In the short term, this may be a good strategy.

Although it may seem like a viable strategy in the short term, over time, your effective Hunter may become overburdened with too many clients, resulting in a shift towards Property Management duties rather than business development. This creates a problem because no one is effectively bringing in new investors while the existing ones are not growing optimally. Consequently, they may not be as effective in increasing the rent roll as they were in attracting new clients.

To address this challenge, you require a strategy that smoothly transitions new clients from their original Business Development Manager (BDM), the Hunter, to their long-term Property Manager, the Farmer. This approach should ensure clients feel valued, remain loyal to your company, and enable Property Management staff to function optimally.

An effective strategy involves establishing a transparent handover process from the Business Development Manager (BDM) to the Property Manager to ensure that customers know their Property Manager from the earliest stages of the listing presentation process. Ideally, both the BDM and Property Manager should be involved to some extent from the beginning of the process. This way, when one of them is unavailable, it is perceived as a natural transition rather than poor communication.

Introducing the Property Manager at the right time is crucial. It is best to do this at the listing presentation stage, whether in conversation, a meeting at the property, or over the phone as part of the closing process. Instead of just mentioning the Property Manager as the person who manages the property, emphasise their specific role as the main point of contact for the investor and the primary set of eyes on their investment property. Once the client is secured, it will appear natural that the Property Manager is the main point of contact for the investor, with the BDM only needed 10% of the time and eventually not required at all.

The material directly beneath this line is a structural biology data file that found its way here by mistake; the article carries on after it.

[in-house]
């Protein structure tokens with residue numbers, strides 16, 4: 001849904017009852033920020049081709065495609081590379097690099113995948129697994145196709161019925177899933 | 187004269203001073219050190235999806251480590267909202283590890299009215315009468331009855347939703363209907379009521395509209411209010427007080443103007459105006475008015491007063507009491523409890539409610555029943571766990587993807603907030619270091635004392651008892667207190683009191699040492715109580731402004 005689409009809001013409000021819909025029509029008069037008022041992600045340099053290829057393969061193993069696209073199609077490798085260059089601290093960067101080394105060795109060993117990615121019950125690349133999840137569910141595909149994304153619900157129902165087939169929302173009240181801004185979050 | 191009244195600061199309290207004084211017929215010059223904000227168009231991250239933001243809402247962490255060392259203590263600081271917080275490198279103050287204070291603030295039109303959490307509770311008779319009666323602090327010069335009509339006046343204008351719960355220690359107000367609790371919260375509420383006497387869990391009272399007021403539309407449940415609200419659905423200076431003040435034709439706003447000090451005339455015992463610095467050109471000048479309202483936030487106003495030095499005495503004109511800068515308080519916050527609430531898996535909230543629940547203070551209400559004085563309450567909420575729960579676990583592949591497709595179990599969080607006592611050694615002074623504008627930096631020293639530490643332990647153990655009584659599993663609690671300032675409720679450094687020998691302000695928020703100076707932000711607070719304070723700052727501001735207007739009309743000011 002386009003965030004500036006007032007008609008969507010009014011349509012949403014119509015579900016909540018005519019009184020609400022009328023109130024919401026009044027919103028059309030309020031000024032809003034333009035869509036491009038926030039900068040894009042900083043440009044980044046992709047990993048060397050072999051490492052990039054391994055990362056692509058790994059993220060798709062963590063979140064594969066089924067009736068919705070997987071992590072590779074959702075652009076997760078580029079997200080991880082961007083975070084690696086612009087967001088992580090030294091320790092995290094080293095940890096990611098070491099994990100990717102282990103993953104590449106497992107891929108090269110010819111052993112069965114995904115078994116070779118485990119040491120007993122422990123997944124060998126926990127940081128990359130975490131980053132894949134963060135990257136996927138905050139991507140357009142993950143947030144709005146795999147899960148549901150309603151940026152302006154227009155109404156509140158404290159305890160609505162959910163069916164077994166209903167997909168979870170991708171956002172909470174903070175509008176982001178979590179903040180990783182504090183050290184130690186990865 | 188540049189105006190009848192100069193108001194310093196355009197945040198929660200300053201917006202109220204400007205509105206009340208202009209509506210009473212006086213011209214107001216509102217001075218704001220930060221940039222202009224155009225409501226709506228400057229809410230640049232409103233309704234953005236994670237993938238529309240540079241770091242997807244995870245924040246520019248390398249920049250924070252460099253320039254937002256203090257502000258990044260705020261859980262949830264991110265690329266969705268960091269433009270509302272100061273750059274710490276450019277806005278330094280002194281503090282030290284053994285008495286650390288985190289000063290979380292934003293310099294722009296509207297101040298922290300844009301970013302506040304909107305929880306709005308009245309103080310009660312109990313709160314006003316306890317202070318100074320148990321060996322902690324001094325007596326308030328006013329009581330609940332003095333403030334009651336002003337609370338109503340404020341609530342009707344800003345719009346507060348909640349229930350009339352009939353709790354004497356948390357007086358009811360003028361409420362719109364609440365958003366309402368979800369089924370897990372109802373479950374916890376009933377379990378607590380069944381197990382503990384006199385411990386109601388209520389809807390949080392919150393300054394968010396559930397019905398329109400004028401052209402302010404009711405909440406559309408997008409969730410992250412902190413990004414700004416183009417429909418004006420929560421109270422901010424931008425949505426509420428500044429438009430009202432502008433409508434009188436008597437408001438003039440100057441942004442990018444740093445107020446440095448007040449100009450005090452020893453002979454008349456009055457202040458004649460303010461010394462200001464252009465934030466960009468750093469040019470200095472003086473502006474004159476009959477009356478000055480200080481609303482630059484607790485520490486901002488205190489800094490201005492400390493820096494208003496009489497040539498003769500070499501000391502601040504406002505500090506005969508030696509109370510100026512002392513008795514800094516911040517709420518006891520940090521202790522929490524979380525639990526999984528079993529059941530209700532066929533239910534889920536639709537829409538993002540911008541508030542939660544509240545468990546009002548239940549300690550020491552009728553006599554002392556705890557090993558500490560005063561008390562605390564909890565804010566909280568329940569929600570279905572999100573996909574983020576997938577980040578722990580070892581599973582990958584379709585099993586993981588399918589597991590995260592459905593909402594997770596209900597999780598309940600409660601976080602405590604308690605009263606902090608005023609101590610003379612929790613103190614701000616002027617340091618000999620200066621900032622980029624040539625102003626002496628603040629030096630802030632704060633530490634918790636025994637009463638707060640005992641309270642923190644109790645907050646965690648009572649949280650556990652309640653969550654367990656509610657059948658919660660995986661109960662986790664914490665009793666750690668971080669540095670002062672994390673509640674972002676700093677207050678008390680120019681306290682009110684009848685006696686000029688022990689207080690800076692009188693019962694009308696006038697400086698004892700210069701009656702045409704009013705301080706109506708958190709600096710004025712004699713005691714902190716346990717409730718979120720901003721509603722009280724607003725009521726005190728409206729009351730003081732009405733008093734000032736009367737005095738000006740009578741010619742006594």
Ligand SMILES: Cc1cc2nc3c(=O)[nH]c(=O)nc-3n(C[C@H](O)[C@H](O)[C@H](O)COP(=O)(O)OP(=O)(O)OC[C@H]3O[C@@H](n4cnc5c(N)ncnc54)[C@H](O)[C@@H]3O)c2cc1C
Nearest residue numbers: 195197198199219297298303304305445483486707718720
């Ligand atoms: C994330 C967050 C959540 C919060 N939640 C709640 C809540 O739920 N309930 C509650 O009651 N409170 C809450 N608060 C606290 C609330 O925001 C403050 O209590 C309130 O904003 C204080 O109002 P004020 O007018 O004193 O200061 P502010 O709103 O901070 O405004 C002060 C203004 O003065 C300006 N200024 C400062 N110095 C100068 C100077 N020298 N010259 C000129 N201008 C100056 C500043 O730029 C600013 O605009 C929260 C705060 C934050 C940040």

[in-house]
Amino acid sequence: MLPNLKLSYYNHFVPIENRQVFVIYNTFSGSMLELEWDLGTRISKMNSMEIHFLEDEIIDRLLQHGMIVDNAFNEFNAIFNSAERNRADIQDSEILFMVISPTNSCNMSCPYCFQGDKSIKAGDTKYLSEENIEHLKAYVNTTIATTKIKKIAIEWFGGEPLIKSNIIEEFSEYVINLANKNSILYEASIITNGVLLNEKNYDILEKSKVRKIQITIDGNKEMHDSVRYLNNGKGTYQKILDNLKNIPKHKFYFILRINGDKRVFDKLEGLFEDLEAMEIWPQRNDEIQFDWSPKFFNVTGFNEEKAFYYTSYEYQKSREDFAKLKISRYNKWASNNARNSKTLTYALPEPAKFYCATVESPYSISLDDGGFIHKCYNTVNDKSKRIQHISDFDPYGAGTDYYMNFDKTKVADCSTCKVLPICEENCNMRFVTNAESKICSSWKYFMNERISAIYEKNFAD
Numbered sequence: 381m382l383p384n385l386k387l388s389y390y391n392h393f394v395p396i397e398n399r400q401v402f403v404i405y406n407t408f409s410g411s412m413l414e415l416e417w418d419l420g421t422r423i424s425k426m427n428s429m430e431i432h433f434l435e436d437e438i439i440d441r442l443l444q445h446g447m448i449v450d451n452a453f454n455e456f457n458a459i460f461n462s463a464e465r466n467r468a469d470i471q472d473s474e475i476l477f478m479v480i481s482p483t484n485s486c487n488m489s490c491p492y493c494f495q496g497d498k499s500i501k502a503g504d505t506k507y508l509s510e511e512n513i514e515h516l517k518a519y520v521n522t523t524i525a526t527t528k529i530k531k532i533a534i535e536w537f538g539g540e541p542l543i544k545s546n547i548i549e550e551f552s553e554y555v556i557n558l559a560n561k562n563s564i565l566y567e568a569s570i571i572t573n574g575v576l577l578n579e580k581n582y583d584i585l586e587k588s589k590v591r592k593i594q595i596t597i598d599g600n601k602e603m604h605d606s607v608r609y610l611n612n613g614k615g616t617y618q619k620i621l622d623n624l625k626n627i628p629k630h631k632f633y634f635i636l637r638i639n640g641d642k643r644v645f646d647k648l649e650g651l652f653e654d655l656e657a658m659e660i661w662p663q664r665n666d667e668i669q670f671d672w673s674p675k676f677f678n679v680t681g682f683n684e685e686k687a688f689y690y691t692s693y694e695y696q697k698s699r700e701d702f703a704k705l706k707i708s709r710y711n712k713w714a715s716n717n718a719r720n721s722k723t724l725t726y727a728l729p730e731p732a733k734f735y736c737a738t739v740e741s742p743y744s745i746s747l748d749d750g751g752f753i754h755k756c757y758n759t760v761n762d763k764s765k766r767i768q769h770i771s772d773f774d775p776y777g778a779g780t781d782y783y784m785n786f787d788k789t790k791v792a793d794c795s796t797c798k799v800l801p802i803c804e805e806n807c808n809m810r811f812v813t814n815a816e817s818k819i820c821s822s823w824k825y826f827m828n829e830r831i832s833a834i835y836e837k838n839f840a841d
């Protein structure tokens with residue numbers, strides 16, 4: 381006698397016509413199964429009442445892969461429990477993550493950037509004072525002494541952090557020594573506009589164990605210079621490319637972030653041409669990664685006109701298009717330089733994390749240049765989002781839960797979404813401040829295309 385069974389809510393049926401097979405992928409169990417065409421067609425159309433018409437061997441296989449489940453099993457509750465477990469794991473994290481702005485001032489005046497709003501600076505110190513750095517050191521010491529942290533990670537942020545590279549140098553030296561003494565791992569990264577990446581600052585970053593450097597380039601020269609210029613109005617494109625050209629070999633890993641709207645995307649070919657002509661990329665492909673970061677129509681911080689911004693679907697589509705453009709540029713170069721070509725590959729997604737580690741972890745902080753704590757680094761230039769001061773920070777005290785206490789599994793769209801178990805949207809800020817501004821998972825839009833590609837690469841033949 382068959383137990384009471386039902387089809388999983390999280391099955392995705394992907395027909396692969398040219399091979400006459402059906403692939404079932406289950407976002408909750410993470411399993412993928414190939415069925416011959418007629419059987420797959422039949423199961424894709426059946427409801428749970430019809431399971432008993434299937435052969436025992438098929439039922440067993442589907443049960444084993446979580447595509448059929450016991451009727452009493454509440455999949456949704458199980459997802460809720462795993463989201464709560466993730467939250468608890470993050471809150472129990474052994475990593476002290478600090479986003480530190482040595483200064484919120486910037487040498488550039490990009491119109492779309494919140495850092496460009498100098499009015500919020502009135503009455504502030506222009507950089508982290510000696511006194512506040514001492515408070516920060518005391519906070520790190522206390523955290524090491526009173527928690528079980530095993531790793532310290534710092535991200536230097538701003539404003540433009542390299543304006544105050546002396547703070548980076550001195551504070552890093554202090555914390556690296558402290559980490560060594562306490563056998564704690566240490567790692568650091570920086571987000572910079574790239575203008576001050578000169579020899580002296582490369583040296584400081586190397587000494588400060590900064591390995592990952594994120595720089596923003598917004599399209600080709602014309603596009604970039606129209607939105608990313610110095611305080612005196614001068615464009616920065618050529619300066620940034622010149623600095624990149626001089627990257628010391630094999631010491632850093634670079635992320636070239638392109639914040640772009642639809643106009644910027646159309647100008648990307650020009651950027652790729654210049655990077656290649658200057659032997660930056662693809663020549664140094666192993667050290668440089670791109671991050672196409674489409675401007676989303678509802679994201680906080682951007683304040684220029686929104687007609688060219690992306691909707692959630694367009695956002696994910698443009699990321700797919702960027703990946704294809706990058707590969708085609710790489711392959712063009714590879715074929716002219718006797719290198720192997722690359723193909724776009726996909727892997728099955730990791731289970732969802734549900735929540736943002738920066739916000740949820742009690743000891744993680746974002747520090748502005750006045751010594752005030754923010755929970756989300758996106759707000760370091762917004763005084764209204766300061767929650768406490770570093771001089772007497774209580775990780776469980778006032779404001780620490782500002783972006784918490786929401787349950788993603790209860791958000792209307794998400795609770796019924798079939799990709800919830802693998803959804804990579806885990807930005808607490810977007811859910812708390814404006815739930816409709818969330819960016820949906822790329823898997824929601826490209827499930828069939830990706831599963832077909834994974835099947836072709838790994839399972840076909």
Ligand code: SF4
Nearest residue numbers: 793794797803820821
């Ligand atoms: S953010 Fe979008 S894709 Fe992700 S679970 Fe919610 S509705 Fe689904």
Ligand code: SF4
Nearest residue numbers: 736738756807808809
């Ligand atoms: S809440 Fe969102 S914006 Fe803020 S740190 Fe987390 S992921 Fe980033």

Why go to this extra effort to hand over your clients?

The reason to put in the extra effort to transition clients from a Hunter-style BDM to a long-term Farmer-style Property Manager is to provide maximum communication and ensure that clients continue to do business with and recommend your agency to others.

While some BDMs may insist on keeping their new clients to offer personal care and live up to their original promises, good intentions are not enough. Attention to detail is what makes a great Property Manager, a trait that many BDM personality types lack. Therefore, it’s best to introduce investors to the Property Manager right from the beginning to avoid the customer becoming unhappy after the initial fabulous relationship.

Sticking to the path and style that comes naturally to you, whether you’re a Hunter or a Farmer, is essential to be extraordinary and make lots of money for yourself and your agency. Attempting to adopt the other style can lead to discouragement and disheartenment, ultimately doing yourself a disservice.

Tara Bradbury

Tara Bradbury is the Director of the highly recognised consultancy and coaching business BDM Academy, specialising in business development and rent roll growth training services throughout Australasia.